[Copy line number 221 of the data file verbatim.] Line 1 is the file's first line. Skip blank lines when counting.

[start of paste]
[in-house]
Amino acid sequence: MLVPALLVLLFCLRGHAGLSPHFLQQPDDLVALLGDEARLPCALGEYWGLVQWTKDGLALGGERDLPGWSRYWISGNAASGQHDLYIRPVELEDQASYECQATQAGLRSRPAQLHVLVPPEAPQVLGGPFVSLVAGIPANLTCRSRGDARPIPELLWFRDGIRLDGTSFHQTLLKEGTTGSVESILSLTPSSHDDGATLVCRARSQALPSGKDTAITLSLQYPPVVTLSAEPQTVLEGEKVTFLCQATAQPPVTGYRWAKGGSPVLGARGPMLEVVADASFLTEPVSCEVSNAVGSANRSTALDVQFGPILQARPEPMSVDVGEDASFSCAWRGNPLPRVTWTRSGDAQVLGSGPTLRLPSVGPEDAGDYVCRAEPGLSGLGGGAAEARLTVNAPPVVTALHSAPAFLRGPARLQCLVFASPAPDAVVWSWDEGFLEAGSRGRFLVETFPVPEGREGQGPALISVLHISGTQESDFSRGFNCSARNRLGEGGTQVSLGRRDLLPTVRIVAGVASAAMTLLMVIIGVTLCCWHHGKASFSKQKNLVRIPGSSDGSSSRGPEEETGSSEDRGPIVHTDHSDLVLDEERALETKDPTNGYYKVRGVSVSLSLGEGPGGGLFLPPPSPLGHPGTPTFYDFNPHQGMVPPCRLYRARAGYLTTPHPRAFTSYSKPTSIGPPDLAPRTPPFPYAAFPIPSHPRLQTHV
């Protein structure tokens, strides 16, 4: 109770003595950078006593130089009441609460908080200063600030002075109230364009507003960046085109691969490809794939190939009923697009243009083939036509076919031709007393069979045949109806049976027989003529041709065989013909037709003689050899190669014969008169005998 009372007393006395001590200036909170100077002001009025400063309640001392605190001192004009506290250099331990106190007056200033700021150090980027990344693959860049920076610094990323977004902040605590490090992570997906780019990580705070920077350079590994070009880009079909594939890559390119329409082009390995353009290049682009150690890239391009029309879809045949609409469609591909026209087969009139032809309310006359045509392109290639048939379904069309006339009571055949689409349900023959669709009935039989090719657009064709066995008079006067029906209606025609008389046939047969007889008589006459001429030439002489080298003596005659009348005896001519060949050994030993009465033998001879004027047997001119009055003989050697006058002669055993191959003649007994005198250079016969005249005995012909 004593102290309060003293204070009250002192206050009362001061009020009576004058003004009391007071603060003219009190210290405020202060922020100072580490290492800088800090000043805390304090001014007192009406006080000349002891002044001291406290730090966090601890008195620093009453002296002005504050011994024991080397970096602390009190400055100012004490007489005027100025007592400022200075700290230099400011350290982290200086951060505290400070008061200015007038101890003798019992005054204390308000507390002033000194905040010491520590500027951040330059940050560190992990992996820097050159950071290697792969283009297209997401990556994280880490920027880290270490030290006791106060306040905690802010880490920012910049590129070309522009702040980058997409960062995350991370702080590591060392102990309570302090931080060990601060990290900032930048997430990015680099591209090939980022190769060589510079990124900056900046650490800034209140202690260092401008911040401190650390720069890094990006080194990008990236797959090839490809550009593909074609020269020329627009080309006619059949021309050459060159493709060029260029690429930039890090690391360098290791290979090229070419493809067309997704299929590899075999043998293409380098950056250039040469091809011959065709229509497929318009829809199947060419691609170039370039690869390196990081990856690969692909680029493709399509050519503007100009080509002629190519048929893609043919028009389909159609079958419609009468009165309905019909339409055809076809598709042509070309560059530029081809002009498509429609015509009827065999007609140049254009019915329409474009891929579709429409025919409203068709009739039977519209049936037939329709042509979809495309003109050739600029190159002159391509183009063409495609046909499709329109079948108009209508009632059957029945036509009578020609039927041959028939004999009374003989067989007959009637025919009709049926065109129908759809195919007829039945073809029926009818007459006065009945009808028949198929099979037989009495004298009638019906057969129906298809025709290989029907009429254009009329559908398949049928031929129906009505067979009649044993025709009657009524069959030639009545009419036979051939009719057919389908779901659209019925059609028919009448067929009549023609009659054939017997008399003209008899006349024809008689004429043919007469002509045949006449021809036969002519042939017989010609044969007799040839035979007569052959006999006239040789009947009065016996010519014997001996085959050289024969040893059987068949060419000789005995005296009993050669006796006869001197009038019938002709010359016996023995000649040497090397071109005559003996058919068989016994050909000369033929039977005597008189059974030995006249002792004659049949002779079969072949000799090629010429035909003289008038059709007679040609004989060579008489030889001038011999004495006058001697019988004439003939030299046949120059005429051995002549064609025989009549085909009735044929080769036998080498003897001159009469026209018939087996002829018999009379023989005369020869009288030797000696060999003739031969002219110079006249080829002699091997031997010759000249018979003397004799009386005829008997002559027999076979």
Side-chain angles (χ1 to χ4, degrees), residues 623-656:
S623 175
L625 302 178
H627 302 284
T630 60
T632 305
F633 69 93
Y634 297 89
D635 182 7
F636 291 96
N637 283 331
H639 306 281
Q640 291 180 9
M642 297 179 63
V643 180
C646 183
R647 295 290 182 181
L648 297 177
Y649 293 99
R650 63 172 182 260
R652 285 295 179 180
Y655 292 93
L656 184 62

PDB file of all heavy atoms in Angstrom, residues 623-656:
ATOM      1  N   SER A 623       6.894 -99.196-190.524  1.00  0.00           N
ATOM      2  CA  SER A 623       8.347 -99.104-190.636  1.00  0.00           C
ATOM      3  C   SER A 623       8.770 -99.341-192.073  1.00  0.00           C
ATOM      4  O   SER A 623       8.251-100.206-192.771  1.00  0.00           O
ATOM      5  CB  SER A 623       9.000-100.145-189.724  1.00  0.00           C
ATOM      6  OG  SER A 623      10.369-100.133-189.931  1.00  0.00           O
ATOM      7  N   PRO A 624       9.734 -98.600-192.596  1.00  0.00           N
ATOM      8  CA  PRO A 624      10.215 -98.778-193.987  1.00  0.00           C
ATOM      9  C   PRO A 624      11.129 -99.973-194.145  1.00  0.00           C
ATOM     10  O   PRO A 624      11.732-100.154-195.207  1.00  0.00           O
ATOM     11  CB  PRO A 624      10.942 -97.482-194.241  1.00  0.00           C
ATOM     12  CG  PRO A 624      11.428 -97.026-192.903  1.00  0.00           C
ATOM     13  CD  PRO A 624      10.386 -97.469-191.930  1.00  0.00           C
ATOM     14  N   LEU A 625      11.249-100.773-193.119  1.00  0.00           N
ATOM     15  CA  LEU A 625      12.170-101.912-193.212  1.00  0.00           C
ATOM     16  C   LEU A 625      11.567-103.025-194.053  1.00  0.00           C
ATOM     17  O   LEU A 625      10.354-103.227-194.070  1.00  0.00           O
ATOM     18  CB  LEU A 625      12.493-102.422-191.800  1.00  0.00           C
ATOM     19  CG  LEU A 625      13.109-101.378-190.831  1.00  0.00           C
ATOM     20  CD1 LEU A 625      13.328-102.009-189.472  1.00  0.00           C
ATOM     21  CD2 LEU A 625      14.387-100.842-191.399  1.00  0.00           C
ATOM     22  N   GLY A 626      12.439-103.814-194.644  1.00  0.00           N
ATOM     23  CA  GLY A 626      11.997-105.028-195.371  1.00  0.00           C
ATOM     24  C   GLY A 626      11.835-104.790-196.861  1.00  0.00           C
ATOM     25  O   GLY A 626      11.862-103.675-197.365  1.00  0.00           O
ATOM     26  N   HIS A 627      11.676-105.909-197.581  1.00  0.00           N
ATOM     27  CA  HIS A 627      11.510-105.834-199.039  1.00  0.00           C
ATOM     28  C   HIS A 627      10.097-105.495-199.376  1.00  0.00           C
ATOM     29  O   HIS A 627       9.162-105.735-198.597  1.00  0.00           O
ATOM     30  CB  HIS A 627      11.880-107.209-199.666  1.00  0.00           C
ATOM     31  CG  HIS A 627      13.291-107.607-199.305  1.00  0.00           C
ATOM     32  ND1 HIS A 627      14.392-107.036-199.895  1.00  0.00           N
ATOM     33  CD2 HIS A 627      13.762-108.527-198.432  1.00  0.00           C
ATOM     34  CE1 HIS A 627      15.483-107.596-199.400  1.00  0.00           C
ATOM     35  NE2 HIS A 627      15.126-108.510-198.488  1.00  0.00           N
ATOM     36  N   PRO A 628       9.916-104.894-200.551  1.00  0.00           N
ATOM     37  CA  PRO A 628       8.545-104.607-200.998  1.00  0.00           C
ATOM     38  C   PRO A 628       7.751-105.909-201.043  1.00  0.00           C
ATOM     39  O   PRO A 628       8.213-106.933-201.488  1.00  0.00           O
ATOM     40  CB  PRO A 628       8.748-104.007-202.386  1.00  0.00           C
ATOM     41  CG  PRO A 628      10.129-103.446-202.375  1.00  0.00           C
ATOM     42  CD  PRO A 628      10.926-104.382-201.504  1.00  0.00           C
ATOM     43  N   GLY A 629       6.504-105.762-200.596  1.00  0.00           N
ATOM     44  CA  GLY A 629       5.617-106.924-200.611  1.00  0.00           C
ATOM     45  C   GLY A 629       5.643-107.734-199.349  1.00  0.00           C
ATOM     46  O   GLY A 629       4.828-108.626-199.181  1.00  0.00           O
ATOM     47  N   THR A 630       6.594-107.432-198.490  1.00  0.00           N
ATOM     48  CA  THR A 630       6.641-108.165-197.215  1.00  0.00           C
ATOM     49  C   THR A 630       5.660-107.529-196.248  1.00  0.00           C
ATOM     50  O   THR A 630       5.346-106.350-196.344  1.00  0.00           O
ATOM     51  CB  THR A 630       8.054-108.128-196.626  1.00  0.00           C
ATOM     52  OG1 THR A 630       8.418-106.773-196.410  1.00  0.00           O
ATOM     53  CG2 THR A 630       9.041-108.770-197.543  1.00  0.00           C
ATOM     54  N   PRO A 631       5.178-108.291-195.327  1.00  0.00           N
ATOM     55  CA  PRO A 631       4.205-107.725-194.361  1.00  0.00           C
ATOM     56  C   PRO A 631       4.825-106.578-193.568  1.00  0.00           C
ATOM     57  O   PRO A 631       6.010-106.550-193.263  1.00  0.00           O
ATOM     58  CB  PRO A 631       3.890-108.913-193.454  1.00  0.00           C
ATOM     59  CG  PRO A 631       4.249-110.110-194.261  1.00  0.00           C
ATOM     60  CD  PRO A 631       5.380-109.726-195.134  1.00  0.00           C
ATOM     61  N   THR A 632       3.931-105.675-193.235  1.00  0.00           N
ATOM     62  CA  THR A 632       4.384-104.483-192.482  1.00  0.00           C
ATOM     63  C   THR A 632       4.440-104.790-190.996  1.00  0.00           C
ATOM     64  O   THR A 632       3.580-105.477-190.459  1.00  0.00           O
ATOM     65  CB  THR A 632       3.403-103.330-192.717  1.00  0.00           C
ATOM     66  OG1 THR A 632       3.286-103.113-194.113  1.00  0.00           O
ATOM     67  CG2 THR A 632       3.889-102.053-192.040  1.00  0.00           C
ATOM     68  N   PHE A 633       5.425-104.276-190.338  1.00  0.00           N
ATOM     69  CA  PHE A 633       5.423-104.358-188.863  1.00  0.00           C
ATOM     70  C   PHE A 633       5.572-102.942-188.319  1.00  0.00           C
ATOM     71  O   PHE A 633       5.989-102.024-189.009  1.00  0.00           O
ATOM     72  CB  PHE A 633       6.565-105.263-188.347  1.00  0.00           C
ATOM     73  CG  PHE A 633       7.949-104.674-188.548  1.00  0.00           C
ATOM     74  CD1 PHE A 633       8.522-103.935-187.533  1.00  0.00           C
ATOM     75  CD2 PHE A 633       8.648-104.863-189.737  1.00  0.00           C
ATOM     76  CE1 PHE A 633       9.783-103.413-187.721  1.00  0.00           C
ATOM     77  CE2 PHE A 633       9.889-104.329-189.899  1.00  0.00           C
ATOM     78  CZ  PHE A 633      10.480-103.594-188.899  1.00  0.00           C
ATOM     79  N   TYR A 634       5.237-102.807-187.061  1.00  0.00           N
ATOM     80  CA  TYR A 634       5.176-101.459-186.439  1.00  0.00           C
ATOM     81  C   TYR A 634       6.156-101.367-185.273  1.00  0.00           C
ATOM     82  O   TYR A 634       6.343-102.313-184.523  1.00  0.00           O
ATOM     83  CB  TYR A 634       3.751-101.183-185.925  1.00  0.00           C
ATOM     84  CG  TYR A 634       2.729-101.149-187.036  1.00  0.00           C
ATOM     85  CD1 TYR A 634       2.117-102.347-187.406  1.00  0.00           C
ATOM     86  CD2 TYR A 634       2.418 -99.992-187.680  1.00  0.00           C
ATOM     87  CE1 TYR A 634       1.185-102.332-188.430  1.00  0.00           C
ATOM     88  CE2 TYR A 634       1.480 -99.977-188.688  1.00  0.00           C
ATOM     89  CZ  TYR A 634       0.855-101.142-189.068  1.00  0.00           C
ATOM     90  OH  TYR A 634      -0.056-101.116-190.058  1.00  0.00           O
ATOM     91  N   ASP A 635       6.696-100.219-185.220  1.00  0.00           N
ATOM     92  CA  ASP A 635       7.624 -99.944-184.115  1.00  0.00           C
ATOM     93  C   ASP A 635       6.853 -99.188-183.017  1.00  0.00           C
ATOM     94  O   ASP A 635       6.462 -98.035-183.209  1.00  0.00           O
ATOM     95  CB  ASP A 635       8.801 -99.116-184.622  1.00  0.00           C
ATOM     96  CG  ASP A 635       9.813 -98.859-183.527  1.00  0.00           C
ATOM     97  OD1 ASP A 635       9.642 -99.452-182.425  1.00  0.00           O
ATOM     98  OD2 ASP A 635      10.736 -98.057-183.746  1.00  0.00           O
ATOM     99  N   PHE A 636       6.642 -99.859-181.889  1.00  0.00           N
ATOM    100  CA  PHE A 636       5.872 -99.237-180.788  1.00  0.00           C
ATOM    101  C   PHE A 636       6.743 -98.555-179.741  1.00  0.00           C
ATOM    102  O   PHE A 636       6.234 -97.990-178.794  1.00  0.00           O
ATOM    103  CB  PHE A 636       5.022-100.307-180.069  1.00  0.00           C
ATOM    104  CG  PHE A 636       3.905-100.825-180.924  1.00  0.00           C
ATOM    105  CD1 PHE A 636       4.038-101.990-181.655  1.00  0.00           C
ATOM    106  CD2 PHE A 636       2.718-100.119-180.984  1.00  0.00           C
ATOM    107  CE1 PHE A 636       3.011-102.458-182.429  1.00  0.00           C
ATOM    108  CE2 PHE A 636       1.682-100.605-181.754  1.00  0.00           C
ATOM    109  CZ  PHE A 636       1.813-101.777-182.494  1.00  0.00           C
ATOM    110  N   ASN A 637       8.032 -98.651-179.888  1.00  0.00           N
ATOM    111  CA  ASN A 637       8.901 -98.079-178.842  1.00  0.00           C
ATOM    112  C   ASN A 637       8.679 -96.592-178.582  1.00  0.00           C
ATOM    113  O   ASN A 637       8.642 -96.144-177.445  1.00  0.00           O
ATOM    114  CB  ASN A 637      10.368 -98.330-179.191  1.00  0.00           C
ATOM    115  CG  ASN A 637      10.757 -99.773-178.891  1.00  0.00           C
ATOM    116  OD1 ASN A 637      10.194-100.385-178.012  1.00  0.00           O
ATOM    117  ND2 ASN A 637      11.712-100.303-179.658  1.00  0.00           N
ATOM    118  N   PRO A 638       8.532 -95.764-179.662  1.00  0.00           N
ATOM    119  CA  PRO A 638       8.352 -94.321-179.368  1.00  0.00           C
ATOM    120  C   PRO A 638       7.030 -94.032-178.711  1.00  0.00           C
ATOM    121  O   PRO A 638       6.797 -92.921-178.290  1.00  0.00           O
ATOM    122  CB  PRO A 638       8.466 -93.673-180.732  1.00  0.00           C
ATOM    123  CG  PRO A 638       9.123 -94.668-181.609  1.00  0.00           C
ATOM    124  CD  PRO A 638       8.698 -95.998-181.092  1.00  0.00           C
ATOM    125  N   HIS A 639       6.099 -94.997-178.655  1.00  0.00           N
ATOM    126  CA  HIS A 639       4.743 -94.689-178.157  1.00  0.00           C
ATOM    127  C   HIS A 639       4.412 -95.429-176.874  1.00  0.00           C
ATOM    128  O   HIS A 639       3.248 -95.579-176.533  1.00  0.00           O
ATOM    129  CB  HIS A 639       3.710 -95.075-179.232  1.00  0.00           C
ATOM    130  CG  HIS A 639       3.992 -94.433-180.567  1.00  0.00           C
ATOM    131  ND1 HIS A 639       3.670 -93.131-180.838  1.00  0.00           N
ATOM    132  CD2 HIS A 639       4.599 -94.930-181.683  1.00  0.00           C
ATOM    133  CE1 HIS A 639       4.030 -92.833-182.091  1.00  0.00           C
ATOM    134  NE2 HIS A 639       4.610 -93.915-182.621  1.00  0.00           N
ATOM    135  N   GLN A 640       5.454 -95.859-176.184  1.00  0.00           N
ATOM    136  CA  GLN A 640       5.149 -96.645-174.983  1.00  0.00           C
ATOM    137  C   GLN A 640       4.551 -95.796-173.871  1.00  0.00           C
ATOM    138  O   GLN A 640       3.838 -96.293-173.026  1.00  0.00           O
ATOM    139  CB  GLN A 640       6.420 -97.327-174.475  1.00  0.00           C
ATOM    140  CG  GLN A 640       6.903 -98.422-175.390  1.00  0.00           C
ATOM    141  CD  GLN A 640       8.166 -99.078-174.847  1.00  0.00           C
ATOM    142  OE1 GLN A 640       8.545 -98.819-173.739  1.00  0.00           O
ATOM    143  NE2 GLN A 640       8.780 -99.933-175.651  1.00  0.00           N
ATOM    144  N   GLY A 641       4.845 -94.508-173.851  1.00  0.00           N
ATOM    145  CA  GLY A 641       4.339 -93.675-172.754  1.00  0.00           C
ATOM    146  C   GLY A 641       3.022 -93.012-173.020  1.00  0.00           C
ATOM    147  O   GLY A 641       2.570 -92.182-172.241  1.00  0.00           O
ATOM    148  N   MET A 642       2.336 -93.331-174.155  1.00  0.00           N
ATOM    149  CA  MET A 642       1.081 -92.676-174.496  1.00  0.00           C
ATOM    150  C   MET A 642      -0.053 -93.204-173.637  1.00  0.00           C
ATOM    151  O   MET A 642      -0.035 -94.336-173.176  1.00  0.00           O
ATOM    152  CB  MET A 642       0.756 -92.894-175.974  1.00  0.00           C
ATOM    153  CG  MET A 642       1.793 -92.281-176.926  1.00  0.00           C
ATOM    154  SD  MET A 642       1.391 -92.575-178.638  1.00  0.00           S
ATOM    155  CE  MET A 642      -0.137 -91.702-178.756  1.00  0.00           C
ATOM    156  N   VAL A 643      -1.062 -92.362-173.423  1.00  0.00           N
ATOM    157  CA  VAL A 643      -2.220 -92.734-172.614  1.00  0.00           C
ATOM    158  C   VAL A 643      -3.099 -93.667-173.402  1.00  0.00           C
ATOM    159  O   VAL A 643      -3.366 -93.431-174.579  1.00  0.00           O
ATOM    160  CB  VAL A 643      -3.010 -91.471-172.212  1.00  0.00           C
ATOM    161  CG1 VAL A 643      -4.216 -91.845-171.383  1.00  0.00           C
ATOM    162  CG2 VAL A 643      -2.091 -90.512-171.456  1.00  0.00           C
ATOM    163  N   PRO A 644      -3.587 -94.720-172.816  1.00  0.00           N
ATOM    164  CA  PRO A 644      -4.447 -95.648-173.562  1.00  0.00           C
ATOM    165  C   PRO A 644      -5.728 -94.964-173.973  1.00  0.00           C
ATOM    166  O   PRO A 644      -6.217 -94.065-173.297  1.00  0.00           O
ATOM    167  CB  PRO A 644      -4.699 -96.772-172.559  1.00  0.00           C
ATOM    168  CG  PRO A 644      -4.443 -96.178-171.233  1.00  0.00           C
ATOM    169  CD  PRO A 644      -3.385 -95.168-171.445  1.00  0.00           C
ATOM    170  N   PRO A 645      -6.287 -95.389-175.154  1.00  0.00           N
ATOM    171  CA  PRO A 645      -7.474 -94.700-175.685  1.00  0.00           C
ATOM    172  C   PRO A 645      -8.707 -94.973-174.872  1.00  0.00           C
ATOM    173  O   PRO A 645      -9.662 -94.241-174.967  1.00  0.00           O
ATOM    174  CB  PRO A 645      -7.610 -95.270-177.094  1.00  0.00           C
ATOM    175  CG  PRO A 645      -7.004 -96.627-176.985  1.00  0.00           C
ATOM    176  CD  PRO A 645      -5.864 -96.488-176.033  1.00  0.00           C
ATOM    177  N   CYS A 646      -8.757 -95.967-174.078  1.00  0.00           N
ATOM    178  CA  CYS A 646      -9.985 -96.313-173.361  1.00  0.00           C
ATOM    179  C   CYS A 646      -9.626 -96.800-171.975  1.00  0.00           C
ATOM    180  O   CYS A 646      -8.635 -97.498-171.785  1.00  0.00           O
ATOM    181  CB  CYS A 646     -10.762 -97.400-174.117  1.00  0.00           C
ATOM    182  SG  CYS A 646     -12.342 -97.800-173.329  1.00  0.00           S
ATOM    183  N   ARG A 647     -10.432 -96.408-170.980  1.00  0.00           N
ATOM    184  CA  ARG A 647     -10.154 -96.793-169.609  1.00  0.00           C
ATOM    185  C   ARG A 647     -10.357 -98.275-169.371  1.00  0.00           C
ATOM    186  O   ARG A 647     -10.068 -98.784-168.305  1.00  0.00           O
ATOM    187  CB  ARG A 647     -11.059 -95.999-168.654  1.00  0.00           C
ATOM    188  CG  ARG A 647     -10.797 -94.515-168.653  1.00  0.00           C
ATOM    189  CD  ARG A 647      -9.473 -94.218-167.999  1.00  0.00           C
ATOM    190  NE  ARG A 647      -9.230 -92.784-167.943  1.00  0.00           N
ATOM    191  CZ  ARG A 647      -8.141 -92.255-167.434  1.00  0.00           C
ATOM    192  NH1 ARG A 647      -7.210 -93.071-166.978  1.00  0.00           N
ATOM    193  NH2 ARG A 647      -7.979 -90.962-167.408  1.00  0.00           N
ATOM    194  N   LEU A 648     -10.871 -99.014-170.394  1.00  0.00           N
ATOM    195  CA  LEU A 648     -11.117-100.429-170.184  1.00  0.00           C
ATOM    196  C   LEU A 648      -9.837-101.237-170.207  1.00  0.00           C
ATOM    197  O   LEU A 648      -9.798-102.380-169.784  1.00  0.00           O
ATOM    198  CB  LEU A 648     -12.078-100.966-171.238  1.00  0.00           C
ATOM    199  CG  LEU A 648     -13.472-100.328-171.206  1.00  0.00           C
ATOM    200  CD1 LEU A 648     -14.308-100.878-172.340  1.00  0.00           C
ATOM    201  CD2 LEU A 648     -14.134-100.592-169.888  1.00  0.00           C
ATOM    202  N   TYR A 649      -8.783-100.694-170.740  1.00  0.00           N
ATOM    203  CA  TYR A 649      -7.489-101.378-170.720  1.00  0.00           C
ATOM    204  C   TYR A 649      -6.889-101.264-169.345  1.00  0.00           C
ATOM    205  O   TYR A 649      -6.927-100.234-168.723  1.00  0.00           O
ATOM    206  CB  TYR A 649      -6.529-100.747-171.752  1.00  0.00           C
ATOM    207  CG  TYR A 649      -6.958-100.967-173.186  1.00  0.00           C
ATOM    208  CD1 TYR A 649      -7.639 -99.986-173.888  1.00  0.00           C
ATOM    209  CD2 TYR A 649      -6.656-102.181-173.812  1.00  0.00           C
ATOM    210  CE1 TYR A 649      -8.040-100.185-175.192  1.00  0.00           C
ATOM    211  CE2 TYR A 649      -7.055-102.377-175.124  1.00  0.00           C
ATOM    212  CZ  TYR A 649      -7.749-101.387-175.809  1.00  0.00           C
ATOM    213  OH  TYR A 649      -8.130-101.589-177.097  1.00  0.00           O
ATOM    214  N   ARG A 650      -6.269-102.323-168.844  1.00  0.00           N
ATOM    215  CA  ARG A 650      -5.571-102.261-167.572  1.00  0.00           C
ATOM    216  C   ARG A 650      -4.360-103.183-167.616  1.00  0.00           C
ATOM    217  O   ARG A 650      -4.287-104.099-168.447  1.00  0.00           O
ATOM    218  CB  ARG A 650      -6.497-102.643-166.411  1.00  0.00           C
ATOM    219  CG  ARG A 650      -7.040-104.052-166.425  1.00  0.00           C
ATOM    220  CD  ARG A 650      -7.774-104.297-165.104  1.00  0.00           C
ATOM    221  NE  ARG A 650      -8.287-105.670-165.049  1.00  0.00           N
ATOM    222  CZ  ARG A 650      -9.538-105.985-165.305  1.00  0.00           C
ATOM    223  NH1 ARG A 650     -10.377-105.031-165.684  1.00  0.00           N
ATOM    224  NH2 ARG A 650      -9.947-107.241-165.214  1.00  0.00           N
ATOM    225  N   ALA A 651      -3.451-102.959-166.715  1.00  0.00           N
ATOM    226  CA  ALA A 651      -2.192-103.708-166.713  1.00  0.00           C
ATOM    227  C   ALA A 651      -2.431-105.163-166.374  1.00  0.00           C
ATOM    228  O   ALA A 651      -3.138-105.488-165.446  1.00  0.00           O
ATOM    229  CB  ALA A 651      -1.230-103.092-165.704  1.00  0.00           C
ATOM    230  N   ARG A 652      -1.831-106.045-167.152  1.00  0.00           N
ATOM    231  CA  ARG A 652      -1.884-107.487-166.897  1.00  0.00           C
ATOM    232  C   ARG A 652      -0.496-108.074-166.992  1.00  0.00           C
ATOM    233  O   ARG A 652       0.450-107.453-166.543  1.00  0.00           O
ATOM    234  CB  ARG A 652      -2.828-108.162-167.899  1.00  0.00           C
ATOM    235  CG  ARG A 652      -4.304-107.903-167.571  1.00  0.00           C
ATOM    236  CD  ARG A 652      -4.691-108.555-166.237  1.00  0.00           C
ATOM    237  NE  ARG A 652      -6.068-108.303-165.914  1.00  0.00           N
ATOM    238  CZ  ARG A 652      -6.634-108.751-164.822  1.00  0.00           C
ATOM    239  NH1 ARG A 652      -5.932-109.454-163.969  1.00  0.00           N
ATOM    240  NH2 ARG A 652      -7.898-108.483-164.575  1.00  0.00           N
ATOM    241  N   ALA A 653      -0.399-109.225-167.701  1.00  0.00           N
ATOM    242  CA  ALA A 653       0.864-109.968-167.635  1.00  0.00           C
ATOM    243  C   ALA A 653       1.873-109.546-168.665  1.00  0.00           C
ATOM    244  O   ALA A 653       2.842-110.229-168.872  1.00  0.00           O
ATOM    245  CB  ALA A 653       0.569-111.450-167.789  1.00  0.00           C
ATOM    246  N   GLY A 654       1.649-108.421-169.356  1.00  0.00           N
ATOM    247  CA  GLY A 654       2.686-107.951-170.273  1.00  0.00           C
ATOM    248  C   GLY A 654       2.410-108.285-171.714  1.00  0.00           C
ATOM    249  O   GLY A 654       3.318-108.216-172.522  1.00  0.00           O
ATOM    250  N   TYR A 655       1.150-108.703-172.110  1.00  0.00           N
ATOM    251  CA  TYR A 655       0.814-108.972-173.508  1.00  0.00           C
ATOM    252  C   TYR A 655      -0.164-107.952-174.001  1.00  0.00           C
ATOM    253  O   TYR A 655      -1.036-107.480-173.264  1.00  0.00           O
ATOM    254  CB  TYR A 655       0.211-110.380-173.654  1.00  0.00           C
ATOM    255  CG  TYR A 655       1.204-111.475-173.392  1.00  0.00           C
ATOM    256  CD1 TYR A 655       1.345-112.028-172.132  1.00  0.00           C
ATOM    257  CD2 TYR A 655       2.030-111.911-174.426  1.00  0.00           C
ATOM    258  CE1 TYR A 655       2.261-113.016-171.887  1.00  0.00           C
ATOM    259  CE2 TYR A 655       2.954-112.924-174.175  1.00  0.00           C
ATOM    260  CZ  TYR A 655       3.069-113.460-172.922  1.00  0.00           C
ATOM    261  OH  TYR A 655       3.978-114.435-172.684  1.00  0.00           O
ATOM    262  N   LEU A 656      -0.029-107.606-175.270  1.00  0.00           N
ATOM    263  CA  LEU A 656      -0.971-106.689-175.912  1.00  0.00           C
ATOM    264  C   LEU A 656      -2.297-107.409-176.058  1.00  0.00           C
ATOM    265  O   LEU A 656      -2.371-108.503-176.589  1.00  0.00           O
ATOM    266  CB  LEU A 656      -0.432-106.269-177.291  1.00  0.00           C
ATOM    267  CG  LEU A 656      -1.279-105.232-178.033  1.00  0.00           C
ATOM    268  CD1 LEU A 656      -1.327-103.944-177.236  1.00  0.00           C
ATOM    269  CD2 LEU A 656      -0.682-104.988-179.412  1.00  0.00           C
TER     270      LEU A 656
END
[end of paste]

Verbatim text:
ATOM    194  N   LEU A 648     -10.871 -99.014-170.394  1.00  0.00           N